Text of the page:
As time went on, I missed that feeling more and more. I saw a tv show on metal detecting one day on the tube and wondered if I could get that special feeling by "finding something" that someone else had lost by using a metal detector. Well, I did! Every time my detector beeped, I felt the rush and couldn't wait to get it out of the ground.

I began prospecting for gold a few years later and guess what? Every time  I panned out my concentrates, I couldn't wait to see those little pieces of gold peaking up at me through the black sand.  It was absolutely the SAME feeling I had come to love.
I moved to FL. for the warm weather but I chose the Treasure Coast to settle in, Guess Why??
Just looking for that feeling! Every time I dig a hole, it's there in my soul.

I know most all of your readers get the very same special feeling when they dig a target as well.
If they do, I hope they find it in their hearts to pass it on to a younger generation, the kids will thank them for it.

Here is one last thing that sums up what gives me that SPECIAL feeling:

"It's not about HAVING the treasure that gives me the feeling, it's all about FINDING the treasure that makes my heart smile.

Thanks for sharing Bob!

Bob said he'd like to hear the stories of other readers.  If you send them in, I'll see what I can do about that.  Less than 400 pages please. :)

I've commented on how much a person can learn from treasure hunting before, and how you can use it to interest young people interested in  different subject areas such as history, geology, geography, archaeology, numismatics, electronics, etc. etc.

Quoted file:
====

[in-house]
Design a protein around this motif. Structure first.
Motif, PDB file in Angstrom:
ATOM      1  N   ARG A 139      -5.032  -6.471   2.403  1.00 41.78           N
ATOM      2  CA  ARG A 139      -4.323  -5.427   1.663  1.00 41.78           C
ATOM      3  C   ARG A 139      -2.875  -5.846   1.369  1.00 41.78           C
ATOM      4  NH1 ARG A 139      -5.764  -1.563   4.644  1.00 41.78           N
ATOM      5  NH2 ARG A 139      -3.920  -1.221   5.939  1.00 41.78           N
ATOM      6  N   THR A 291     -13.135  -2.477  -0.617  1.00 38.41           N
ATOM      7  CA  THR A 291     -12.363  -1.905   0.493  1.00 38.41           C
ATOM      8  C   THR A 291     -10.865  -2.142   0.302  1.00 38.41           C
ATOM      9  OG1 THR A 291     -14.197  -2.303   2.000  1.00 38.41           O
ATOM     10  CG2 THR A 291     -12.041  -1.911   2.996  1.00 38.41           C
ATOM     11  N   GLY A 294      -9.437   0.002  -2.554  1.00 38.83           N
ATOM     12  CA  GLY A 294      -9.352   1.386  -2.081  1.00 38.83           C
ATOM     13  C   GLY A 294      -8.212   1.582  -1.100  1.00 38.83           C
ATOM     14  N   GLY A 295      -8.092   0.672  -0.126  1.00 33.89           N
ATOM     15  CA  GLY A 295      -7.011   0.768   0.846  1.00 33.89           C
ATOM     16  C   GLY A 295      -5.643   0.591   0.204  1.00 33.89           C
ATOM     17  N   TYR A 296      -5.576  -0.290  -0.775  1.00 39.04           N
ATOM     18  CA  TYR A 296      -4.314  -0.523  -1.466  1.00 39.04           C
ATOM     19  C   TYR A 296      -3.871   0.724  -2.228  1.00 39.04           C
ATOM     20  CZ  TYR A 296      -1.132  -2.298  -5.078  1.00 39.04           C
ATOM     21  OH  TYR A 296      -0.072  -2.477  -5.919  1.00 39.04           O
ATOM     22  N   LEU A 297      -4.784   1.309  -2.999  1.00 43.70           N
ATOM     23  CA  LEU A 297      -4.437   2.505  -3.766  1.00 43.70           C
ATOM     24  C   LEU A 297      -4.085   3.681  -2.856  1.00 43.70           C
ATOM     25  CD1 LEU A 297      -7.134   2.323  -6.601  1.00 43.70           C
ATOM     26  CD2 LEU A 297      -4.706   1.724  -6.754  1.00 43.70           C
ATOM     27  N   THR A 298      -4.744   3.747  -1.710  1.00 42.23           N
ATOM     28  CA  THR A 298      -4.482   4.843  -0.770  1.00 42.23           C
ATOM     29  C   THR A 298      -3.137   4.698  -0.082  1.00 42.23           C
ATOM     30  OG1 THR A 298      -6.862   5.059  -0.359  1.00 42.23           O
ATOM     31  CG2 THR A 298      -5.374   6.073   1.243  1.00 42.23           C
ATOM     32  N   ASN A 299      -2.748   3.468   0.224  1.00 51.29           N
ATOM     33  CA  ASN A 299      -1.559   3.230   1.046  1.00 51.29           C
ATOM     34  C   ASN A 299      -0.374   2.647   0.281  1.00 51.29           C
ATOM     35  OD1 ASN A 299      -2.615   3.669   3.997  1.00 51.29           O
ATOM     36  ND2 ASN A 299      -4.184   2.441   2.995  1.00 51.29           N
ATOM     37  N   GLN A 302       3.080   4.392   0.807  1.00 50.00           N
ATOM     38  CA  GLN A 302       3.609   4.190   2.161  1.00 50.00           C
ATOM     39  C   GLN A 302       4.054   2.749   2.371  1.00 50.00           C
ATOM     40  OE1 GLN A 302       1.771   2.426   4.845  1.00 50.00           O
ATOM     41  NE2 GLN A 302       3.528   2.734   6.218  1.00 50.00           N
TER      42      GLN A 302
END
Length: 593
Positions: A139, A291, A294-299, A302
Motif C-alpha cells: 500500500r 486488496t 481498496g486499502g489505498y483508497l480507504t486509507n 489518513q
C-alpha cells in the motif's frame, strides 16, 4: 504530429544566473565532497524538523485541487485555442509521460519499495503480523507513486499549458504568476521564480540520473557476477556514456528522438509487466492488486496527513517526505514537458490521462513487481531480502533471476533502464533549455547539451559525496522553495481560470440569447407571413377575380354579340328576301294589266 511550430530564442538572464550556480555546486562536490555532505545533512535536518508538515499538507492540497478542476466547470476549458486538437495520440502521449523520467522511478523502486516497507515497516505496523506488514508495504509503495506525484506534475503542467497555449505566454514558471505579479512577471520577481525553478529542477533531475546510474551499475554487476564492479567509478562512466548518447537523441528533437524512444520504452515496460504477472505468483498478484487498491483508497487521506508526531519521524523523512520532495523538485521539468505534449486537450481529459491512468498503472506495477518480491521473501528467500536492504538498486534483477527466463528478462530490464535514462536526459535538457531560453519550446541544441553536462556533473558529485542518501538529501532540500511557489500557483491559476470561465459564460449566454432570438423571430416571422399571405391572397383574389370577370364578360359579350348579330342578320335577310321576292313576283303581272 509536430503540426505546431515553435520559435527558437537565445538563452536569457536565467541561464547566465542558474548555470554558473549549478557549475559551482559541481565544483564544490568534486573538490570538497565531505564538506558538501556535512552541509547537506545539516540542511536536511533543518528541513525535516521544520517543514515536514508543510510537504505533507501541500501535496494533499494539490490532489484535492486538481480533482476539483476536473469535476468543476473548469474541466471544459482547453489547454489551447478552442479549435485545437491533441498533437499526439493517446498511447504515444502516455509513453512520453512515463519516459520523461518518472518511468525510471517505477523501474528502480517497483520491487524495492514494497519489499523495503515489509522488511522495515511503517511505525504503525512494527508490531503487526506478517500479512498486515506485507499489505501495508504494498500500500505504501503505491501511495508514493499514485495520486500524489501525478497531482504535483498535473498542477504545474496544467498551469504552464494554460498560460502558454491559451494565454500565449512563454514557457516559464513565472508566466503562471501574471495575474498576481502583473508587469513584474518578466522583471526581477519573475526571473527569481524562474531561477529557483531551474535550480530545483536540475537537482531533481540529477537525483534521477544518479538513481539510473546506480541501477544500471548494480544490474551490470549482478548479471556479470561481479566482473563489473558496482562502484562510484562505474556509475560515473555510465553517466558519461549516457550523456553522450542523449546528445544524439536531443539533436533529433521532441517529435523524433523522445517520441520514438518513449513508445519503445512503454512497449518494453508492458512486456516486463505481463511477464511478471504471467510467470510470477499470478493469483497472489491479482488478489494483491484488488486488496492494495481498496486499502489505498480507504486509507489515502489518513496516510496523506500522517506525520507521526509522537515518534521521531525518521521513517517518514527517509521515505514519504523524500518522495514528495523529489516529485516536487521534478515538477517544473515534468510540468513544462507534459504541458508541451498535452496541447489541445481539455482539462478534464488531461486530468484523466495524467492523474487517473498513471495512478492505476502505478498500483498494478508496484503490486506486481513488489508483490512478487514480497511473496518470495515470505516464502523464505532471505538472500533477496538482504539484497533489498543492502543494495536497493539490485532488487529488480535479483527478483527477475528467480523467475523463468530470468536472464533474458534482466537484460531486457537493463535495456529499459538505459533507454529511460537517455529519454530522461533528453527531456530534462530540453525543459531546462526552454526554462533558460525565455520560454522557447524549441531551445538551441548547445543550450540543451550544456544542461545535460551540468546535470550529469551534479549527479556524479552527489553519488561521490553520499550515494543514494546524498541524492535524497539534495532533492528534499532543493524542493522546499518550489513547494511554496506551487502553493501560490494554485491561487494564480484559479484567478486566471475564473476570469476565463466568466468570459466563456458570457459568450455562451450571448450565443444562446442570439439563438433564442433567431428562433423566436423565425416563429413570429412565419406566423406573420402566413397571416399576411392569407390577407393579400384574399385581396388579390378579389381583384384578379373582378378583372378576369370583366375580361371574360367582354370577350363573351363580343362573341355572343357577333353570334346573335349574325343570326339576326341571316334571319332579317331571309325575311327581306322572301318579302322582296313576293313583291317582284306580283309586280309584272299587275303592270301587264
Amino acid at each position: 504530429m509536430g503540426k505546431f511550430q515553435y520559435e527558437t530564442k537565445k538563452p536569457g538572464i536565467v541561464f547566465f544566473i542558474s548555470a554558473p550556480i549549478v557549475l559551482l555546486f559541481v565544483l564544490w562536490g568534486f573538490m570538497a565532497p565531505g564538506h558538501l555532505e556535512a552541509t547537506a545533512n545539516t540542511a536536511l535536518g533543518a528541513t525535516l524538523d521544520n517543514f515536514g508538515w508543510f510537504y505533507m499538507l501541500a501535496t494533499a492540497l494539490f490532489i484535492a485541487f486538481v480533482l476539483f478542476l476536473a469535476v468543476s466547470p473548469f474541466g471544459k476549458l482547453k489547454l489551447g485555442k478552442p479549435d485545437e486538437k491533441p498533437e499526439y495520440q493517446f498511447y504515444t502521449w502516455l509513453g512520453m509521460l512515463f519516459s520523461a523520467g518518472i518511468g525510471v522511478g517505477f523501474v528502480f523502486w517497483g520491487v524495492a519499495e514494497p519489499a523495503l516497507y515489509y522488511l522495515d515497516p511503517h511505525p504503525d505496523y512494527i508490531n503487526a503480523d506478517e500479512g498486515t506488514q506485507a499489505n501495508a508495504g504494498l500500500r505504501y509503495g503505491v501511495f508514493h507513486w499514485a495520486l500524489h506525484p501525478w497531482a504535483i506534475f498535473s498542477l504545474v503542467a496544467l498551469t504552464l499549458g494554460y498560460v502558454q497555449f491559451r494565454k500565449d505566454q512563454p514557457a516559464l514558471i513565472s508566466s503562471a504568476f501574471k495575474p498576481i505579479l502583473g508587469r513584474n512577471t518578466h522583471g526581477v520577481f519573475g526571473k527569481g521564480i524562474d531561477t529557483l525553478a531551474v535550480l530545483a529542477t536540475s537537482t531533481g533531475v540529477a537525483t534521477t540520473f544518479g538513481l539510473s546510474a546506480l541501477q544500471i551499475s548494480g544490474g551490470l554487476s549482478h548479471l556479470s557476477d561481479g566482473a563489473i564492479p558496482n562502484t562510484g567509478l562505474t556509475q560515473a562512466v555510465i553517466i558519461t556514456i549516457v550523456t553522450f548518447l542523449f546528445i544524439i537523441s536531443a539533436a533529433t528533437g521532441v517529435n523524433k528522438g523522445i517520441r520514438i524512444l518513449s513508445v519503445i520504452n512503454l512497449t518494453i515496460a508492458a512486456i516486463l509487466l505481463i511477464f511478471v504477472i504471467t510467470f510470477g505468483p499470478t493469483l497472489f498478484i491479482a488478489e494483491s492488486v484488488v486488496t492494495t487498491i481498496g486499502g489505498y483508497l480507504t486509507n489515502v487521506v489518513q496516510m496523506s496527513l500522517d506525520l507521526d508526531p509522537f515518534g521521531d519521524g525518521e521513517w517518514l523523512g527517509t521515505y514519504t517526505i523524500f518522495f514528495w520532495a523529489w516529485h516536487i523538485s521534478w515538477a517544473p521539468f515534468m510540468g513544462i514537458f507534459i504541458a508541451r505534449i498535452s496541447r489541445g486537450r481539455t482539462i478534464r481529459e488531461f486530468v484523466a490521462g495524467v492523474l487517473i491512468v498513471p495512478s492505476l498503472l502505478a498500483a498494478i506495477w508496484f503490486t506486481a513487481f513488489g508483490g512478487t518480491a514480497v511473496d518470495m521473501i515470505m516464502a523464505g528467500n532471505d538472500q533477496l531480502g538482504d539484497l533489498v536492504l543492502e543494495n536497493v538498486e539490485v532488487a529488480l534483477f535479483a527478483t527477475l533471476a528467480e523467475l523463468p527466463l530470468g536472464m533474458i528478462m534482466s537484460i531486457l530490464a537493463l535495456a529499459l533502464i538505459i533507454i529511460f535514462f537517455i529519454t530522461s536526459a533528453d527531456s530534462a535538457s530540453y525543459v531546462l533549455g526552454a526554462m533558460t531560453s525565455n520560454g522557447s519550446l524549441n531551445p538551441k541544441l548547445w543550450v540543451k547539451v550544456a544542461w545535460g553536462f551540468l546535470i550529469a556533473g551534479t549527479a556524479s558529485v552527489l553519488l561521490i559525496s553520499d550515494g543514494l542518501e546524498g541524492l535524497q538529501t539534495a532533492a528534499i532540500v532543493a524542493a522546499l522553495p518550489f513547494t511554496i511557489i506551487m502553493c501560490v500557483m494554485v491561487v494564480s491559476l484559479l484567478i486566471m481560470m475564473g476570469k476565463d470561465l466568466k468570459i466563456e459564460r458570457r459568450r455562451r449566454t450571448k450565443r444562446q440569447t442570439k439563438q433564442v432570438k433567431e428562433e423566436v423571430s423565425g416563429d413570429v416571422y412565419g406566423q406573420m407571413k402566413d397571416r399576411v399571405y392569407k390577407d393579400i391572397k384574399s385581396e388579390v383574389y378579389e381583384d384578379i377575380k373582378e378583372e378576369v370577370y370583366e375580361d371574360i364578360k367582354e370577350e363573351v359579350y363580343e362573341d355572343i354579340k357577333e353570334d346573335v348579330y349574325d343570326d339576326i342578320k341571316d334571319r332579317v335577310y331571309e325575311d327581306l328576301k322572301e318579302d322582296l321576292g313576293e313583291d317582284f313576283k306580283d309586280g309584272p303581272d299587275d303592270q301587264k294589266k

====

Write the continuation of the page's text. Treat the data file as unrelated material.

Get those kids out of the house and off those video games where they can do something with real life.

Did you notice the last few days when they replayed those video clips of the suspected bombers in Boston, how many people were walking the street looking at their cell phone.   They didn't see the bombers or much of anything else until they were shocked out of the virtual world by that blast of reality. 

I'm very aware of how much my depth and perspective my photos and video clips lose when compared to actually being there.

One of the things I like about metal detecting is feeling the wind on my face, and the sand and water on my feet.  I like to feel nature and the world directly on my senses.  When in the field, I don't like too much gear or too much technology to distract me.  I like keeping it as simple as I can. 

Here is a good 45 minute video by National Geographic on Ben Franklin's privateers and the search of an underwater shipwreck site near Holybrook Wales.

Christopher P. sent this link.  Thanks Christopher!

On the Treasure Coast this afternoon, the wind is still from the southeast.  The wind increased early this afternoon.  I'm thinking the waves must have increased a little.  The surf was predicted to be two feet this morning, and it was at least that.  And the low tide wasn't very low.

The surf will be a touch rougher for a couple of days, while the wind is expected to remain mostly from the southeast. 

Happy hunting,